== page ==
Is It Worth Taking A Polygraph? Most Likely -- No.

Posted by Ernesto Gapasin | Oct 31, 2023 | 0 Comments

Whether or not you should agree to take a polygraph (lie detector) test when you are suspected of committing a crime is a complex decision and depends on several factors. It's important to note that the admissibility and accuracy of polygraph tests can vary widely, and their use in legal proceedings is a subject of debate.  However, polygraph results are NOT considered admissible evidence.  Judges will prevent any mention of an accused either having taken a polygraph or even turned one down.  Military Judges will simply not allow any mention of polygraphs into a court-martial trial.

Here are some other considerations to keep in mind:

  1. Consult an attorney: If you are suspected of a crime, it is generally advisable to consult with an attorney before making any decisions regarding a polygraph test. An attorney can provide legal advice based on the specific circumstances of your case and help you make an informed decision.  A good military lawyer will help you take a test with an outside polygrapher (i.e., NOT CID, OSI, NCIS or CGIS).  A former cop with extensive experience is usually a good bet, and if the client fails the test, then the results can just be trashed.  If the polygraph results show No Deception, then your civilian counsel can turn those favorable results in to your chain of command.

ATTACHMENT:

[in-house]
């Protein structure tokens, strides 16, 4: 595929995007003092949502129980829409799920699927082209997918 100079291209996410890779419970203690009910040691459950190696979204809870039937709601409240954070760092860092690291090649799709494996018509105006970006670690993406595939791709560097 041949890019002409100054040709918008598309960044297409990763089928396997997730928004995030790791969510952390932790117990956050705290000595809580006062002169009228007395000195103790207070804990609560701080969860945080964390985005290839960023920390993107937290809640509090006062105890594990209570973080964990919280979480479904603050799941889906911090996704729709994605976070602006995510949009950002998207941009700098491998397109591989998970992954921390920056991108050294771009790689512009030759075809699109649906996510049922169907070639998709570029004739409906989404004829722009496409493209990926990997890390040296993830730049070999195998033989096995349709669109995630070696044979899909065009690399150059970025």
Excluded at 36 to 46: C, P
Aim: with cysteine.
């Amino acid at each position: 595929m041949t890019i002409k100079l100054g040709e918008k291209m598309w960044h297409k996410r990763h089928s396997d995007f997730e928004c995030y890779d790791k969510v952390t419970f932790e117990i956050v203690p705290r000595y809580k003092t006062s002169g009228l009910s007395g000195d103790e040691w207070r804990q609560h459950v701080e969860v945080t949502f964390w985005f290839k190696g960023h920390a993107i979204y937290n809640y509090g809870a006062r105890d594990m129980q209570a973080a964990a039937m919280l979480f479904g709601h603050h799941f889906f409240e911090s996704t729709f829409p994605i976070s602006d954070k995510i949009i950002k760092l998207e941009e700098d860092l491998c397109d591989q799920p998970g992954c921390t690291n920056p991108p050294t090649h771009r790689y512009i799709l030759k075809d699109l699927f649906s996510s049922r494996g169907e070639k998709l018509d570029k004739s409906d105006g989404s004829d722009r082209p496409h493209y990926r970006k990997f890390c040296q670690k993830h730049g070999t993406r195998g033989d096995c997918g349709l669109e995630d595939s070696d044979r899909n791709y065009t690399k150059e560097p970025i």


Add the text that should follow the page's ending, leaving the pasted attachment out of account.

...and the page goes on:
2. Admissibility: In many legal jurisdictions, polygraph results are not admissible as evidence in court. However, even if the results are not admissible, they can still be used by law enforcement in their investigation, and they might influence their perception of your credibility.

  3. Accuracy: Polygraph tests are not foolproof and can produce FALSE positives and FALSE negatives. Factors such as the examiner's competence and the examinee's state of mind can affect the results. Inaccurate results could potentially harm your case.

  4. Psychological stress: Taking a polygraph test can be a stressful experience, and the results may be affected by your emotional state. If you are innocent, the test may falsely suggest otherwise due to stress or anxiety.

  5. Legal rights: In many jurisdictions, you have the right to refuse a polygraph test. You cannot be forced to take one, and refusing to do so should not be used against you in court.

  6. Alternative strategies: If you believe you are innocent, you should focus on building a strong legal defense with the help of your attorney. Providing evidence, alibis, or other witnesses to support your innocence can be more effective than relying on a polygraph test.

In summary, agreeing to a polygraph test when you are suspected of committing a crime is a decision that should be made in consultation with your civilian defense counsel. It's important to understand the potential limitations and consequences of taking such a test, as well as your legal rights. If you are facing the possibility of taking a polygraph, contact Gapasin Law Group, LLC today by filling out and submitting the "Contact Us" Form on this page.  We will immediately reach out to you for a no-cost consultation.  

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Ernesto Gapasin



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